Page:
In a world of ice, Disney finds great warmth. It’s the sort of cutesy irony that sounds like it should be coated in sugar, but with Frozen, Disney takes the sweet concept and transforms it into their most poignant and powerful picture in over a decade. Or nearly even two decades if you consider that the Mouse House hasn’t unleashed such gorgeous tunes and such engaging storytelling since the mid-90s portion of their beloved Renaissance period. That’s tall praise from a Disney fan, perhaps, but Frozen is the kind of whip-smart and emotionally enchanting picture that inspires such crazed, buzzing enthusiasm.
As much a tribute to the hallowed history of Disney princesses as it is a modern revision of Disney’s classic love story, Frozen conjures that special brand of studio magic and applies it to a terrific tale of sisterhood. Elsa (voiced by Idina Menzel), the young heir to the throne of a quaint Scandanavian kingdom, has the power to shoot blasts of ice from her fingertips, something that delights her little sister Anna (voiced by Kristen Bell). It’s a fun power for play, but Elsa cannot control it and so her abilities are more threat than thrill. In order to protect Anna, Elsa locks herself away in her room for years and painfully — though importantly — severs her relationship with her sister.
Based loosely on Hans Christian Andersen’s The Snow Queen, Frozen is about what happens when Elsa comes out of hiding and the two sisters have to interact with years of hurt and loneliness between them. This personal, dedicated conflict is delicately delivered with honest heartache and a refreshing maturity. Anna and Elsa are both partially responsible for this predicament, but they’re also victims of a dangerous power they don’t yet understand. This isn’t some contrived sibling rivalry, but an emotionally enriching spin on the philosophy that love conquers all, even when solitary isolation seems to be the only route to survival.
Anna and Elsa are trapped in a destructive maelstrom of magic and the story asks that Anna bravely trust her sister, reach out to her in order to help, while the conflict dictates that these sisters barely know each other, hardly have anything that connects them beyond the blood that runs cold in one of them. Metaphorically, thematically, dramatically, this is the most sophisticated and roundly artistic animated effort Disney has made in ages.
Both sisters have genuinely rewarding and intertwined arcs, so while Anna remains the protagonist throughout, Elsa is a key part of her sister’s growth and has her own challenges to face as well. She’s a queen and eventually an unintentional villainess, a twist of roles that respectfully references Disney’s earliest work with princess narratives, but she’s not beyond saving, not beyond love. She embraces isolation because it’s all she knows, but instead of taking this assumed fate lying down, she approaches it with a proud courage, a damn-it-all attitude that is revealed in her show-stopping number “Let It Go,” which lifts the onscreen emotions to the rafters as the animators match Elsa’s creativity by crafting a wondrous ice palace before our very eyes.
Much of the perfectly paced plot focuses on Anna, though, who is convinced that she is the only one who can help Elsa. Anna has a habit of impulsively leaping into a situation and underestimating the surrounding dangers, but Bell fills the character with such feisty, feminine smarts that we know she’s capable of making the right decision and that her headstrong stubbornness is a virtue instead of a fault. She first meets handsome Hans (voiced by Santino Fontana) and later recruits the gruff Kristoff (voiced by Jonathan Groff) on her journey to find her recently self-exiled sister. Kristoff comes with a sidekick, a friendly, carrot-chomping reindeer named Sven whose only voice is provided by Kristoff’s ventriloquist act.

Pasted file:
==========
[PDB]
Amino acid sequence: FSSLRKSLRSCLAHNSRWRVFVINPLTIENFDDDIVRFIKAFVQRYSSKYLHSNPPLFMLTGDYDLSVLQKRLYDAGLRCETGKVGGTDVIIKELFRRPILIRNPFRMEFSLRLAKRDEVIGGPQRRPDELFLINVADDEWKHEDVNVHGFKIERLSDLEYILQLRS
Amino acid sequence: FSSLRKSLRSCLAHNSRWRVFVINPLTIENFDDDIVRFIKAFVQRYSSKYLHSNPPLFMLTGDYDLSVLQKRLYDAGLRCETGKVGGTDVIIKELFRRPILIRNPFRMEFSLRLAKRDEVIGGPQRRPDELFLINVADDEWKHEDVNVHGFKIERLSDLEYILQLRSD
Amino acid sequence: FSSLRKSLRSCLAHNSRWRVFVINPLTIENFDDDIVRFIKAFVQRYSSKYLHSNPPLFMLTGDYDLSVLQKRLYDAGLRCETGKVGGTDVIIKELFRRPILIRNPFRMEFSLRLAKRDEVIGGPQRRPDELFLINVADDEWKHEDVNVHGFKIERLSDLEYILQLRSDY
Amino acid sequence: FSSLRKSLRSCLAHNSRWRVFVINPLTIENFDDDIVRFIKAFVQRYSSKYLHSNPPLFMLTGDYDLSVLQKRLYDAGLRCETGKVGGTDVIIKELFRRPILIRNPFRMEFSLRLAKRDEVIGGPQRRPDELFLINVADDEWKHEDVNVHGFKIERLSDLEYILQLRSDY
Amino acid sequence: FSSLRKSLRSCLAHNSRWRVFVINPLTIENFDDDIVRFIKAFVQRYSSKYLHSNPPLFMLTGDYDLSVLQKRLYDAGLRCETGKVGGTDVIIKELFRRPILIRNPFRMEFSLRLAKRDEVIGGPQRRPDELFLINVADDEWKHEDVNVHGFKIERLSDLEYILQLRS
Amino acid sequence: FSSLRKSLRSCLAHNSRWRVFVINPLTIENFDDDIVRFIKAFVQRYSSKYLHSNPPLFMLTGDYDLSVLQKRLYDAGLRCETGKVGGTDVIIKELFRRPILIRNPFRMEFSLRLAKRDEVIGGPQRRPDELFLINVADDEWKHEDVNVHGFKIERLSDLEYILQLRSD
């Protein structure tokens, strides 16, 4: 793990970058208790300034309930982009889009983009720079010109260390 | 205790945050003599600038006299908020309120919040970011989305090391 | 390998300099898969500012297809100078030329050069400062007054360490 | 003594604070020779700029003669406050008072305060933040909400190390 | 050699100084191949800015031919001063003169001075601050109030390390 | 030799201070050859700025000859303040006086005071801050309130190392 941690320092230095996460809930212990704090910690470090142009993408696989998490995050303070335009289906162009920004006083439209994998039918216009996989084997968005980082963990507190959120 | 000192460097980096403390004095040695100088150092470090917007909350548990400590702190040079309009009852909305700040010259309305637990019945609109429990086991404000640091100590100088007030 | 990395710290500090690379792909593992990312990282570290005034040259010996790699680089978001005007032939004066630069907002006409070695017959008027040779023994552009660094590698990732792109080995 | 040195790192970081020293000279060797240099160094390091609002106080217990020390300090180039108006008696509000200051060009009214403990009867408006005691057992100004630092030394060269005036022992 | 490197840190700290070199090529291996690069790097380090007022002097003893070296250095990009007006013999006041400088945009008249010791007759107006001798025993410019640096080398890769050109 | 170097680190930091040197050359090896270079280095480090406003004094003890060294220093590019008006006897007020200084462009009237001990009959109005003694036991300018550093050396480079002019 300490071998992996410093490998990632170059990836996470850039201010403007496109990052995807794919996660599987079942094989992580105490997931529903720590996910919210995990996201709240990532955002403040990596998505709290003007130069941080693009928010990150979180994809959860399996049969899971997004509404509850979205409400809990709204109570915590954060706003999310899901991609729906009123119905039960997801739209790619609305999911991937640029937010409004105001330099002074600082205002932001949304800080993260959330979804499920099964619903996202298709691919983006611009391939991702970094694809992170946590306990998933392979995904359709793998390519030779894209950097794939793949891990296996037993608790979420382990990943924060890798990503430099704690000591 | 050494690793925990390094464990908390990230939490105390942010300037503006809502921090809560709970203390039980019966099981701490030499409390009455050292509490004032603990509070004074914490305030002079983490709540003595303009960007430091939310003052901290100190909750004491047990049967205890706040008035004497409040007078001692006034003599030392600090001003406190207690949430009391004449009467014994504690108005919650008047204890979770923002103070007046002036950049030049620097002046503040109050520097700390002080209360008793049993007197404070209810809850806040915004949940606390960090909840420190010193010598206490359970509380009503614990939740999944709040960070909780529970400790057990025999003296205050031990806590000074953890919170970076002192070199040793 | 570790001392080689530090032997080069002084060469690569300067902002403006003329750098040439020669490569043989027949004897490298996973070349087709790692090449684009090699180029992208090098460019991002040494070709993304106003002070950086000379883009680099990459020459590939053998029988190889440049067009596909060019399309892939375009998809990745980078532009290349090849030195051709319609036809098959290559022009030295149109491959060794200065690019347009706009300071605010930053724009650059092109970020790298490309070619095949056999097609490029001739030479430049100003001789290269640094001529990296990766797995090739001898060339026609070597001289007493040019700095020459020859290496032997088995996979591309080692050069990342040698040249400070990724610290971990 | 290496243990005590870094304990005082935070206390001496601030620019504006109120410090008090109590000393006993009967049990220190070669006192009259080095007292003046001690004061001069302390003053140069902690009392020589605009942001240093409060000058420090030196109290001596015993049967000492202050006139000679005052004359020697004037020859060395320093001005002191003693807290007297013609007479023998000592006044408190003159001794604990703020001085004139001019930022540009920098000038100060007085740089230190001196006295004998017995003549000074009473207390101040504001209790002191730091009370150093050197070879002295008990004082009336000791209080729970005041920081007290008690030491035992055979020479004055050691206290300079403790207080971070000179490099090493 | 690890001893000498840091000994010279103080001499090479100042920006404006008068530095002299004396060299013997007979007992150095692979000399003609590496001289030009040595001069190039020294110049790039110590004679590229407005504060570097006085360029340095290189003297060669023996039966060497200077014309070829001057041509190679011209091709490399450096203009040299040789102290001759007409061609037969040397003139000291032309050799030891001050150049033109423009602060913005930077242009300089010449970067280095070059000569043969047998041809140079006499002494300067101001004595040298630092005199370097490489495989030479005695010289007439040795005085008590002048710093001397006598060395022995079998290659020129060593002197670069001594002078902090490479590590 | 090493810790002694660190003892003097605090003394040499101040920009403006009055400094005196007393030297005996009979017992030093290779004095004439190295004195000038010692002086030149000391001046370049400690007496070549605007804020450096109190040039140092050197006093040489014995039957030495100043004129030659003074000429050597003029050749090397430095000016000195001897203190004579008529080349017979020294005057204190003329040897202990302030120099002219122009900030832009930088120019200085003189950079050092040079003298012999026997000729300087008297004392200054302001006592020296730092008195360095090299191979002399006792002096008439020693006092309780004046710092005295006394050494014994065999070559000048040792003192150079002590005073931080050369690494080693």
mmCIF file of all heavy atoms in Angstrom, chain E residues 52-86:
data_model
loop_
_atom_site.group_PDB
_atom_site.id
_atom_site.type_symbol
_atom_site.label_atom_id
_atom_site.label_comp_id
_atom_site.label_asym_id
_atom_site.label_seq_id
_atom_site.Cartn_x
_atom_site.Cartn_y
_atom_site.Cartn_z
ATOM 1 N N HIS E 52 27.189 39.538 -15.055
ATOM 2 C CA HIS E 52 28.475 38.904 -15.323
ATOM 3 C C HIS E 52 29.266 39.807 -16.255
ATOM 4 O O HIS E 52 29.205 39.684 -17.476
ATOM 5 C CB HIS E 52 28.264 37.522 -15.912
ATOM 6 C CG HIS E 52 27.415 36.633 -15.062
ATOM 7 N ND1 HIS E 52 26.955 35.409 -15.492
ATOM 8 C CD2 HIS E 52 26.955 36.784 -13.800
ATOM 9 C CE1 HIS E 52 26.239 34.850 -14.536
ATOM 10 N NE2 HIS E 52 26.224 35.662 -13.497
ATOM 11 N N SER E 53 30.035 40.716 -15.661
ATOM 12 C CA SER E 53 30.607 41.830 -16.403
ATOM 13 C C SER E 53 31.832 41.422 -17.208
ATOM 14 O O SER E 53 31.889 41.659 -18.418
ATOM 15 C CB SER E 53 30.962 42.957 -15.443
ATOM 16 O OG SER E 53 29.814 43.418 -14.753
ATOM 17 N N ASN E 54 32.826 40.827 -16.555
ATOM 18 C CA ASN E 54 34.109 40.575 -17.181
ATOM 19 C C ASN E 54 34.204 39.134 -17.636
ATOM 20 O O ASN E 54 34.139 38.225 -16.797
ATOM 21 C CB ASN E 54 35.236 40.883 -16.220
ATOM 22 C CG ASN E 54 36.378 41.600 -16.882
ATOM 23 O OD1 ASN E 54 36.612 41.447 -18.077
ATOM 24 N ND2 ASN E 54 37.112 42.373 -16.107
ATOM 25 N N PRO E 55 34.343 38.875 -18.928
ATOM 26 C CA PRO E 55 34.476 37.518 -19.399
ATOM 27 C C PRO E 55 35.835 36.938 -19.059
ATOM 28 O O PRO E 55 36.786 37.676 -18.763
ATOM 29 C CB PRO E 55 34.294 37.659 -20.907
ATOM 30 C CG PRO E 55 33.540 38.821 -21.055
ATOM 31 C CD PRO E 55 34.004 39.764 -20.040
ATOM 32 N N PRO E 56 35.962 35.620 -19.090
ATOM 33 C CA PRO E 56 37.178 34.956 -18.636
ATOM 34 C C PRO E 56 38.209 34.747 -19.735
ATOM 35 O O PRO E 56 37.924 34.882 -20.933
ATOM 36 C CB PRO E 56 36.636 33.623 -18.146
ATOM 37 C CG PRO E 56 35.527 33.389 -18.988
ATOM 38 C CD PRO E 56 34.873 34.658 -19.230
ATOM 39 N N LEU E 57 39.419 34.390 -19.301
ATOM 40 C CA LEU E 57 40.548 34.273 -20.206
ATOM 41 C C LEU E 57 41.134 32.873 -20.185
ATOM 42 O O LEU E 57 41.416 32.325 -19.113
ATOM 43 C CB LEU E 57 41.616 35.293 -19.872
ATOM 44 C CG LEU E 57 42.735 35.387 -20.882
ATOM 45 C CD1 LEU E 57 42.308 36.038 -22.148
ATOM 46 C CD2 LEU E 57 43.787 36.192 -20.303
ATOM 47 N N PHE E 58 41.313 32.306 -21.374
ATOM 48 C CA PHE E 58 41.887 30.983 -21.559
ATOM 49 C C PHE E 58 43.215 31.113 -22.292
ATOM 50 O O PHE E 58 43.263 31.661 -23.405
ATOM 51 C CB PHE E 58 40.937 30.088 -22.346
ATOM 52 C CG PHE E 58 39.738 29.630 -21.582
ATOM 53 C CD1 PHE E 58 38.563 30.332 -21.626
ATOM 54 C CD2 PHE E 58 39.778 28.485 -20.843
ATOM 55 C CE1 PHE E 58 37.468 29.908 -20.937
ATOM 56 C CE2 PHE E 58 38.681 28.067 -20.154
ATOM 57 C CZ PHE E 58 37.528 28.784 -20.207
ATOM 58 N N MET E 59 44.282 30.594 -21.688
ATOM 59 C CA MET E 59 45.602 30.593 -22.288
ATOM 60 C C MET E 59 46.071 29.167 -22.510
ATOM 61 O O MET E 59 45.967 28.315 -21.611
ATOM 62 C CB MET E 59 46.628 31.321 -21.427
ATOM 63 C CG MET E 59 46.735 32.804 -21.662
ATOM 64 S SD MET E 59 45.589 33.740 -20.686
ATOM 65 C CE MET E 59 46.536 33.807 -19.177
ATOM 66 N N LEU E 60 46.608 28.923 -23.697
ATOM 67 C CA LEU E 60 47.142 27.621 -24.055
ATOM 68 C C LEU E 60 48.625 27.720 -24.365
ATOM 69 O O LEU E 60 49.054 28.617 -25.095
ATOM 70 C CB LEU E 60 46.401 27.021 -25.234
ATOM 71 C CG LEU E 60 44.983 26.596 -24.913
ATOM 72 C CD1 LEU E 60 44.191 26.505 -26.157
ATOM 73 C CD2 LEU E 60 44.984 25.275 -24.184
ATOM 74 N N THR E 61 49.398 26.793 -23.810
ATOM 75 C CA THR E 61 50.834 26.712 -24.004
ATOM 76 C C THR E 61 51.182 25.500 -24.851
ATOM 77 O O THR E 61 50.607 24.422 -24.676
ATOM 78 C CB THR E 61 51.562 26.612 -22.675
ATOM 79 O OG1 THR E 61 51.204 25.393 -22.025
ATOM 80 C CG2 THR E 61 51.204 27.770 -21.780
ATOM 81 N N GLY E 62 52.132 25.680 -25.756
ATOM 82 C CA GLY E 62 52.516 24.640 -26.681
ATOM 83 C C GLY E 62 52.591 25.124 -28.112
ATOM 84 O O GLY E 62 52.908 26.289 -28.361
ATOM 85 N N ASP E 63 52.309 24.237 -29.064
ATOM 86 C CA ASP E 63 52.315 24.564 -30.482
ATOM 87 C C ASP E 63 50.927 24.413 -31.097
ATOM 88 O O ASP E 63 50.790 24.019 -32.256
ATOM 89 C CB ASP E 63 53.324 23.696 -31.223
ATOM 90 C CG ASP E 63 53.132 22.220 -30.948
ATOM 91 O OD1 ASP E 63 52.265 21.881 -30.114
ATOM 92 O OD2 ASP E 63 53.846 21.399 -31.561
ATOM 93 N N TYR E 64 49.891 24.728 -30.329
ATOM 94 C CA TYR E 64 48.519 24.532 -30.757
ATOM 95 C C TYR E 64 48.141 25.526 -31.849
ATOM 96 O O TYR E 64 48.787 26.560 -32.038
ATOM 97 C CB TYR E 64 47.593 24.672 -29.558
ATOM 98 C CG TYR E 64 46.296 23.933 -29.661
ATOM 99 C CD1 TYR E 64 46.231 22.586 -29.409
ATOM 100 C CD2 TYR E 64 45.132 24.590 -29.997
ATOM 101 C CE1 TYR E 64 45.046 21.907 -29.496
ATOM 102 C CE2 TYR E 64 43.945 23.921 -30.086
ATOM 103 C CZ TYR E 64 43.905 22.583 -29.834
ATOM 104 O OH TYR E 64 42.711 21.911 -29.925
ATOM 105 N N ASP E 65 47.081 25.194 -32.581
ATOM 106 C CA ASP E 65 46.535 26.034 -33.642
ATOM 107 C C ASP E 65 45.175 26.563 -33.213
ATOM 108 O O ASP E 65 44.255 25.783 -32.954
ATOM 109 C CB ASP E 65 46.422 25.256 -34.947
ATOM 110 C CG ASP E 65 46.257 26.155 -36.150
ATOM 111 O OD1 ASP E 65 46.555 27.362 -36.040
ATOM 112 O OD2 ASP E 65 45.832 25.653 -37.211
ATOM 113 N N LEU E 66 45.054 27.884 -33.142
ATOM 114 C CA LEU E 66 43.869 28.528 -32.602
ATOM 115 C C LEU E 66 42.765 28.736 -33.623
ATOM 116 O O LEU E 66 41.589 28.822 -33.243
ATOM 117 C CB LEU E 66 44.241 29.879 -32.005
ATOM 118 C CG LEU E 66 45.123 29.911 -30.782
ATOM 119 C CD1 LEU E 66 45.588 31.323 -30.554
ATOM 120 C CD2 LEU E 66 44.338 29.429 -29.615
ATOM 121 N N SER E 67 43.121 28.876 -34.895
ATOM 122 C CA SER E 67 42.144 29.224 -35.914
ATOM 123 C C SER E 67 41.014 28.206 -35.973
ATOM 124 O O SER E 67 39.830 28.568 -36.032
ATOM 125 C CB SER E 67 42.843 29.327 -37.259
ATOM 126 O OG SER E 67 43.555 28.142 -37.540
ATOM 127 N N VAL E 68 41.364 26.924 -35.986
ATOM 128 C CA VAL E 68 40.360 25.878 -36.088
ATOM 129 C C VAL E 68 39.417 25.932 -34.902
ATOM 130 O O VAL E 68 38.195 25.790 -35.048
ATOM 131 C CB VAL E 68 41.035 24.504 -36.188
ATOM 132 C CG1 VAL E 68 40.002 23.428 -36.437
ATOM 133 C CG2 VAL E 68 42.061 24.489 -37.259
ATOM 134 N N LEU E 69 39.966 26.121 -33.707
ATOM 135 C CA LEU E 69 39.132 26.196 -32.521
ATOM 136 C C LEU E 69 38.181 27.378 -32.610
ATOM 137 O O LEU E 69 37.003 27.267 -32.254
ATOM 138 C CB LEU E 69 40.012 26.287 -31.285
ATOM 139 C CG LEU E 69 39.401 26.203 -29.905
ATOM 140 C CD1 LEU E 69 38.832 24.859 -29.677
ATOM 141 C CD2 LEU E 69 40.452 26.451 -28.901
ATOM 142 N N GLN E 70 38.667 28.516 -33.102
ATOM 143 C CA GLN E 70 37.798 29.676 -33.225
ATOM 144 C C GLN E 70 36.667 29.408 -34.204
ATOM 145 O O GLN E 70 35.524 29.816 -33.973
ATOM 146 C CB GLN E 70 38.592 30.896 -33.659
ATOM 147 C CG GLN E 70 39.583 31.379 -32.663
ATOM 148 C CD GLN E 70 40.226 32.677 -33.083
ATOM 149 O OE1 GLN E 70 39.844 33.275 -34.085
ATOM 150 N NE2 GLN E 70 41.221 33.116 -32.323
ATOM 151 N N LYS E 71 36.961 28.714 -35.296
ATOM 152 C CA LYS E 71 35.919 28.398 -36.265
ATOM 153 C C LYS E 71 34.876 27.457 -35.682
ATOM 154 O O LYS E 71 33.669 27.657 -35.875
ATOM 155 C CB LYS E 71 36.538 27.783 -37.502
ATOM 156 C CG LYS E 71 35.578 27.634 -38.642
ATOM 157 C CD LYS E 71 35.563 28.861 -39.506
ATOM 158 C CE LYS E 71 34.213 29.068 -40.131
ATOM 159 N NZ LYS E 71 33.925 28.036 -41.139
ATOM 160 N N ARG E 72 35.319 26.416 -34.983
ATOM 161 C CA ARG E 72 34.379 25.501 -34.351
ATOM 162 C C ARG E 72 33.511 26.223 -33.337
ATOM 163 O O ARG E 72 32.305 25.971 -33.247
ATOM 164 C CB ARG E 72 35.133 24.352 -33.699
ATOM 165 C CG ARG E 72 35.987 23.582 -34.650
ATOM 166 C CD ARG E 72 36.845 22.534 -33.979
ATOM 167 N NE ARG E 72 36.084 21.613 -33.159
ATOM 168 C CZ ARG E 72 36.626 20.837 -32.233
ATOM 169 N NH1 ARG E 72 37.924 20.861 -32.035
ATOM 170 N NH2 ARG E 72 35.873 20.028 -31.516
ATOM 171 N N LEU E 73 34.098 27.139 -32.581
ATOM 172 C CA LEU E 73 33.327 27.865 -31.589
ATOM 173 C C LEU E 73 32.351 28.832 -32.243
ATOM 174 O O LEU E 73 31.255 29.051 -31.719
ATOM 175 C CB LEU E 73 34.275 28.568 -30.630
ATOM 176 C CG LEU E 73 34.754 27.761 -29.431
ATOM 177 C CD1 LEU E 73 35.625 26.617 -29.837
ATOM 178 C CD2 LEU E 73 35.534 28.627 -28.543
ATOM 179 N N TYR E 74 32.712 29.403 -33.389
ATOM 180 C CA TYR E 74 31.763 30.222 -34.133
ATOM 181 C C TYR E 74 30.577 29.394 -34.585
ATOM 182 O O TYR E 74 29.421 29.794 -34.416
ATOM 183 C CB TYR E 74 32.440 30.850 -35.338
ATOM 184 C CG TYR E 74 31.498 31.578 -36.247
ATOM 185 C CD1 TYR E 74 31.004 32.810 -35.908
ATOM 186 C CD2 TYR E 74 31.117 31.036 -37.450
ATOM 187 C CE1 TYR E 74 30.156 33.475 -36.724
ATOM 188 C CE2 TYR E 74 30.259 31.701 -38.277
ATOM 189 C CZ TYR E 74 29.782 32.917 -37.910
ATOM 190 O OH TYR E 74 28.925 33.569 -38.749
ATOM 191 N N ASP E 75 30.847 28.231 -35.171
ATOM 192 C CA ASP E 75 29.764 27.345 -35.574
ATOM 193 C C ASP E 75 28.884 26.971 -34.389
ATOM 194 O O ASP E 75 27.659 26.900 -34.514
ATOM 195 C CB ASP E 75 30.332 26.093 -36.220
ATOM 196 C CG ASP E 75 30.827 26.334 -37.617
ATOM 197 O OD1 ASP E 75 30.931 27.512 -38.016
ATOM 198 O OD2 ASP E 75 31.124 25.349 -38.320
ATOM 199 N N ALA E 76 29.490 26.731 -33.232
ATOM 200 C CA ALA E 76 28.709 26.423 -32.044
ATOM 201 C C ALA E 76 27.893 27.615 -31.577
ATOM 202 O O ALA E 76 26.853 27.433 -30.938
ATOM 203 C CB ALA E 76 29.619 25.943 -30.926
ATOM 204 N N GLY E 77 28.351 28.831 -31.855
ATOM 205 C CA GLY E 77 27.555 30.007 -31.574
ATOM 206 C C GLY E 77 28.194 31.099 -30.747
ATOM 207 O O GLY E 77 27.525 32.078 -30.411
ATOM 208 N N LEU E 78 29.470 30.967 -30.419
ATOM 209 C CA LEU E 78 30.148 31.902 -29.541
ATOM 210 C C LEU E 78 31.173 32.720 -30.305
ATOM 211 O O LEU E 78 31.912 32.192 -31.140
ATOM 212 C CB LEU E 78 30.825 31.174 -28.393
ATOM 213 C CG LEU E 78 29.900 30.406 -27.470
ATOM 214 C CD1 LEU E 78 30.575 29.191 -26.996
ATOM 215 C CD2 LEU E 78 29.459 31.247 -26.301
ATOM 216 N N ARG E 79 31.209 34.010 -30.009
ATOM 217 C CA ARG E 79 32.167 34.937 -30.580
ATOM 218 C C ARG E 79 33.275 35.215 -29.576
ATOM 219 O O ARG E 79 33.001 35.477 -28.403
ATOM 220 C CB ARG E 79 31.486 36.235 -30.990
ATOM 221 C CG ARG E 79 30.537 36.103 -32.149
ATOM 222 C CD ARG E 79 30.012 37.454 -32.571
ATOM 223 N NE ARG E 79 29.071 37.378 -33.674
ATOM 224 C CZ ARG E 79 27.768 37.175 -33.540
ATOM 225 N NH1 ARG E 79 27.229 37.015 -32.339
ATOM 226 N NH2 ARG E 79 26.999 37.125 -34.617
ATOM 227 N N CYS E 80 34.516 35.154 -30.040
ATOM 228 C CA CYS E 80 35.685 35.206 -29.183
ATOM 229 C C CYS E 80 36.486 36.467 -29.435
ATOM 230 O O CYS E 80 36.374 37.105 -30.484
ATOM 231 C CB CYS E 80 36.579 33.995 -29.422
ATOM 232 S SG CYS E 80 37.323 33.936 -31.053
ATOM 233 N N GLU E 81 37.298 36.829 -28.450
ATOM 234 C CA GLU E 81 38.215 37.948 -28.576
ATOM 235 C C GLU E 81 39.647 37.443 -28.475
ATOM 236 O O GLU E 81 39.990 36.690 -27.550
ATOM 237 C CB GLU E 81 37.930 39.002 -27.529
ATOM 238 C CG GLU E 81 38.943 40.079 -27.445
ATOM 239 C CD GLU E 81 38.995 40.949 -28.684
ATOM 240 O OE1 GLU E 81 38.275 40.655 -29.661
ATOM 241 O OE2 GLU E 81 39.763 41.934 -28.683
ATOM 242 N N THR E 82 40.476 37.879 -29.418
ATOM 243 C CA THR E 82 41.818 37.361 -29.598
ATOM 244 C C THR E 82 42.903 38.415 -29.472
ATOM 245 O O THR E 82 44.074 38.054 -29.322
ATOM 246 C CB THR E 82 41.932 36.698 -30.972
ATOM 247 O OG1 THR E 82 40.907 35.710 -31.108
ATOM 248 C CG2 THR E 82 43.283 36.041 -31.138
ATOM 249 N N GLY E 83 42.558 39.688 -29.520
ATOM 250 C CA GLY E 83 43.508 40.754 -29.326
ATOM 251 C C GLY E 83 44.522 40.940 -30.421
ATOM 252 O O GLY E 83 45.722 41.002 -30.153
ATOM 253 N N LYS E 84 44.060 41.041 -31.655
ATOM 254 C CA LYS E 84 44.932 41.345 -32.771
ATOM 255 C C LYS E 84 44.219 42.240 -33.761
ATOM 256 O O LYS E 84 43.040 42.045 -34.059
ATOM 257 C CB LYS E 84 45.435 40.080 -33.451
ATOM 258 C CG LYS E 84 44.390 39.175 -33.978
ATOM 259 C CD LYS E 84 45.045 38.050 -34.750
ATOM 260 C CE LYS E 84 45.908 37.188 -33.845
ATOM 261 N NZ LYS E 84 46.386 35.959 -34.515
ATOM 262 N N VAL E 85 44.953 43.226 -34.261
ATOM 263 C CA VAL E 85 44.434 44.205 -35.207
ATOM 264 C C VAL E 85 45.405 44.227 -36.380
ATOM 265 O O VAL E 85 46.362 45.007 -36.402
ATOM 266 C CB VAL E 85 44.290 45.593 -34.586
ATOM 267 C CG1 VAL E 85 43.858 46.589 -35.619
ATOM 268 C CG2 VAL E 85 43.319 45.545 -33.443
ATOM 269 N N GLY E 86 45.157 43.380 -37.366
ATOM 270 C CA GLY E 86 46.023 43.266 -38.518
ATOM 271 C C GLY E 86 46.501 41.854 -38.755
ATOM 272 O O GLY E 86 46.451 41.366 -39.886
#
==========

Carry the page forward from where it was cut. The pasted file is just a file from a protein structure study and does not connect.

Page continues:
Together, the group meets Olaf (voiced by Josh Gad), an obliviously optimistic snowman given life thanks to Elsa’s magic. These new additions provide plenty of comic relief and rather amazingly, the comedy sticks. Olaf is a goofy looking fellow, but Gad gives him a soft, friendly personality that is immediately infectious. He can’t help but look on the bright side of everything and his attempts to be friends with absolutely everyone are so charmingly innocent that it’s easy to enjoy the little guy’s presence. Olaf even gets his own song, all about how much he craves summer and time in the sun, unaware of that pesky melting problem caused by heat.
Each character is memorable and engaging, an accomplishment that has eluded Disney’s animated pictures for a very long time (entertaining, contributing sidekicks are a rarity on their own as well). There’s so much going on here, but Frozen remains focused at all times, never straying arbitrarily or letting any of the many pieces become a distraction. It’s an astonishing juggling act, so when the story introduces that classically nostalgic princess trope, the true love’s kiss, it’s forgivable in the context of something so impressive.
But screenwriter Jennifer Lee, who co-directed with Chris Buck, is actually in the midst of orchestrating her most beautiful feat yet. Where Frozen leads is a place of such moving grace and imagination that the movie simultaneously adds to the princess canon with tremendous originality and updates the concept of Disney heroines seeking love with a verve and vibrancy that is immensely inspiring. So, I gush. From the carefully conceived visuals to Christophe Beck’s wonderful score to the glorious songs courtesy of Kristen Anderson-Lopez and Robert Lopez, Frozen is a genuine triumph. It’s overwhelming at times, witnessing such a remarkable return to form for the studio. Defrosting has never been so tender. Anna and Elsa haven’t just warmed my heart; they’ve set it aflame.